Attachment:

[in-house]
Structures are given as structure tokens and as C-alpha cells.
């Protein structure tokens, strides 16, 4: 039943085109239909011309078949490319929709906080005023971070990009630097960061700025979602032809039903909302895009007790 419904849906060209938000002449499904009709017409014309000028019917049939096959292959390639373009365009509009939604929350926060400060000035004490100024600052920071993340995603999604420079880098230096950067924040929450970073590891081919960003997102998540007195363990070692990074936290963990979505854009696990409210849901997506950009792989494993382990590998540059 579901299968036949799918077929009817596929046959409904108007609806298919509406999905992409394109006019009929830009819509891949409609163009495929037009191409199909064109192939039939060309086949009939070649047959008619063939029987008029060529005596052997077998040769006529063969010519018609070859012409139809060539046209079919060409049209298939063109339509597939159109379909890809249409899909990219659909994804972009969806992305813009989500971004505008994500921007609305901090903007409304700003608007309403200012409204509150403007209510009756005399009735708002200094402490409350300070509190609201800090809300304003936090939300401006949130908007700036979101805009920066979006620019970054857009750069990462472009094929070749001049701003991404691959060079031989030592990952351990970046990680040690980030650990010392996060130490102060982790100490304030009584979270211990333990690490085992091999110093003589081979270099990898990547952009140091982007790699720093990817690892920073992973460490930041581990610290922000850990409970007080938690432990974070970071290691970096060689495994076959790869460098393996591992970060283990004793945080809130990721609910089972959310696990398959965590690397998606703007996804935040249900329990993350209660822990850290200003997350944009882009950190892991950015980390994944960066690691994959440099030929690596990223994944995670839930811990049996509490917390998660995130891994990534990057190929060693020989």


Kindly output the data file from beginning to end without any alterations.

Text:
[in-house]
Structures are given as structure tokens and as C-alpha cells.
């Protein structure tokens, strides 16, 4: 039943085109239909011309078949490319929709906080005023971070990009630097960061700025979602032809039903909302895009007790 419904849906060209938000002449499904009709017409014309000028019917049939096959292959390639373009365009509009939604929350926060400060000035004490100024600052920071993340995603999604420079880098230096950067924040929450970073590891081919960003997102998540007195363990070692990074936290963990979505854009696990409210849901997506950009792989494993382990590998540059 579901299968036949799918077929009817596929046959409904108007609806298919509406999905992409394109006019009929830009819509891949409609163009495929037009191409199909064109192939039939060309086949009939070649047959008619063939029987008029060529005596052997077998040769006529063969010519018609070859012409139809060539046209079919060409049209298939063109339509597939159109379909890809249409899909990219659909994804972009969806992305813009989500971004505008994500921007609305901090903007409304700003608007309403200012409204509150403007209510009756005399009735708002200094402490409350300070509190609201800090809300304003936090939300401006949130908007700036979101805009920066979006620019970054857009750069990462472009094929070749001049701003991404691959060079031989030592990952351990970046990680040690980030650990010392996060130490102060982790100490304030009584979270211990333990690490085992091999110093003589081979270099990898990547952009140091982007790699720093990817690892920073992973460490930041581990610290922000850990409970007080938690432990974070970071290691970096060689495994076959790869460098393996591992970060283990004793945080809130990721609910089972959310696990398959965590690397998606703007996804935040249900329990993350209660822990850290200003997350944009882009950190892991950015980390994944960066690691994959440099030929690596990223994944995670839930811990049996509490917390998660995130891994990534990057190929060693020989």